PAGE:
For a single component closed system, my textbook says $$dU=\left(\frac{\partial U}{\partial S}\right)_VdS+\left(\frac{\partial U}{\partial V}\right)_SdV=TdS-PdV$$ is valid for both reversible and irreversible process. But if the process is irreversible and non-quasi-static, (for example, if it is just a set of points in the coordinate system far apart from each other), how can I talk about the total differential of the state function?

Furthermore, the Maxwell's relation $\left(\frac{\partial T}{\partial V}\right)_S = -\left(\frac{\partial P}{\partial S}\right)_V=\frac{\partial^2 U}{\partial S \partial V}$ seems to suggest the smoothness of the state function.

What is it that I am getting wrong here?


1 Answer 1


The thermodynamic functions in your equations apply only to thermodynamic equilibrium states. A reversible process consists of a continuous sequence of thermodynamic equilibrium states, so you can evaluate the changes in these properties using these equations. For an irreversible process between two arbitrary thermodynamic equilibrium end states, you need to identify a reversible path between the exact same two end states and then integrate these equations along the reversible path. This applies even if you have an irreversible process executing a highly tortuous path between two thermodynamic end states which are, in the end, very closely neighboring (differentially separated). This is what they mean when they say that the differential equations are applicable to an irreversible change between two differentially separated end states.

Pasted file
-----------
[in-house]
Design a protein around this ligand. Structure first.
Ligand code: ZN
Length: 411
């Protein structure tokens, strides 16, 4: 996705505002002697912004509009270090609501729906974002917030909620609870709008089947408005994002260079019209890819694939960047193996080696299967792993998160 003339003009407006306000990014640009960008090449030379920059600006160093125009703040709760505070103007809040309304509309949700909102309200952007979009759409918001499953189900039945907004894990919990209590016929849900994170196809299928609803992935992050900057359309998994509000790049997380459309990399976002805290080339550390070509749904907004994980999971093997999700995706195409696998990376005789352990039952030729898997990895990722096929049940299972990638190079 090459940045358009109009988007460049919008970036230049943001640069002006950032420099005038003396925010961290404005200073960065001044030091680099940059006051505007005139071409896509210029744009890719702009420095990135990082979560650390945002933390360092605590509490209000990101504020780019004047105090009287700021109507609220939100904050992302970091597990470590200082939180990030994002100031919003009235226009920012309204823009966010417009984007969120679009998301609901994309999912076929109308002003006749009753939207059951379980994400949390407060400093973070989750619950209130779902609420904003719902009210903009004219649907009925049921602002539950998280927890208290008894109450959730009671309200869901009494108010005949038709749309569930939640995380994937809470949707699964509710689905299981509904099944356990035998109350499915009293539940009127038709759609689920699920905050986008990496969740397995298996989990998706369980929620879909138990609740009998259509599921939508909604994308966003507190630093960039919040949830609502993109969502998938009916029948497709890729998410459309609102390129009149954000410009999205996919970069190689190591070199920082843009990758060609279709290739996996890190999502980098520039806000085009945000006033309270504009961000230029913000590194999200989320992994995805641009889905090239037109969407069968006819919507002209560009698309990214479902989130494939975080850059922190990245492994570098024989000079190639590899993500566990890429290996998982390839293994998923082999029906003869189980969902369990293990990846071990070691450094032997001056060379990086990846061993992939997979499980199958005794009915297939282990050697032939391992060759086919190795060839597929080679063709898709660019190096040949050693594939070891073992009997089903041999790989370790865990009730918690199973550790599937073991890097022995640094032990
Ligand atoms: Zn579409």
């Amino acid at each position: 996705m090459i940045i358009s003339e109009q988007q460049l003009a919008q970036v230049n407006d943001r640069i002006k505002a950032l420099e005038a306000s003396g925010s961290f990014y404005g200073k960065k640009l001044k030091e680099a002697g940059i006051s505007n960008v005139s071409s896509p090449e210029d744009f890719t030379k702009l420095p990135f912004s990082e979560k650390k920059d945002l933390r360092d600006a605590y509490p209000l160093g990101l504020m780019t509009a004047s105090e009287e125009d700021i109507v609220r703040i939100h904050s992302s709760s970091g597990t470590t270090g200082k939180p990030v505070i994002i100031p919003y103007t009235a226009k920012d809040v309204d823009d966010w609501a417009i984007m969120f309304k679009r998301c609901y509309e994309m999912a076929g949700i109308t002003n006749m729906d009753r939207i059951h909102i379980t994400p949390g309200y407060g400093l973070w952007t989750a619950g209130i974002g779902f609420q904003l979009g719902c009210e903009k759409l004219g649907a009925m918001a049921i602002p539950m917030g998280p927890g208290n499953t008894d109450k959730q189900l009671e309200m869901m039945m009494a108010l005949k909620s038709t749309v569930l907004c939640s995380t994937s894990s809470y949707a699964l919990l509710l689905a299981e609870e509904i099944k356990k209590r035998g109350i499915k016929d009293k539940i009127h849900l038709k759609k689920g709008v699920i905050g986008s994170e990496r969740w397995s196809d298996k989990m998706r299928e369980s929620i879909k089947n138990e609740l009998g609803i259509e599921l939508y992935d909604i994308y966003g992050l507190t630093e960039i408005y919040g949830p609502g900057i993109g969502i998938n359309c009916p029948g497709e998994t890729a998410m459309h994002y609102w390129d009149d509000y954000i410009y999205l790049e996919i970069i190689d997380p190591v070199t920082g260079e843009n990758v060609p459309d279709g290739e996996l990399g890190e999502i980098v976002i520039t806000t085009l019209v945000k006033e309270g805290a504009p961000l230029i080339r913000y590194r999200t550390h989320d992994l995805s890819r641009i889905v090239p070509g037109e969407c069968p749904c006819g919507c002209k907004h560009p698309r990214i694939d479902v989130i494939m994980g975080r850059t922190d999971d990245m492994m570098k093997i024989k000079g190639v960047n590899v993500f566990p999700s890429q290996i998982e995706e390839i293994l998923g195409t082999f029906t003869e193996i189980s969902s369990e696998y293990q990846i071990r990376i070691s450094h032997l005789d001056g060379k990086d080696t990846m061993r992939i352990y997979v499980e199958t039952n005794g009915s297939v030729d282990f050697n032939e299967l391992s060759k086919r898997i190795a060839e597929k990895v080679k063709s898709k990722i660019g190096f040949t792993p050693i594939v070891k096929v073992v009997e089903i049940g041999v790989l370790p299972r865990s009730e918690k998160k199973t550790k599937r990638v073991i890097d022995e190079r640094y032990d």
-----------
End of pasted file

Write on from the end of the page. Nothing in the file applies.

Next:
• $\begingroup$ Does it also imply that the differential expression and Maxwell's relations can be used at the discontinuous regions such as phase change boundaries? I think the total differential still works but the Maxwell's relations are not? $\endgroup$
    – P'bD_KU7B2
    Mar 28, 2022 at 11:54
  • 1
    $\begingroup$ The equations only apply to a single phase. $\endgroup$ Mar 28, 2022 at 14:14

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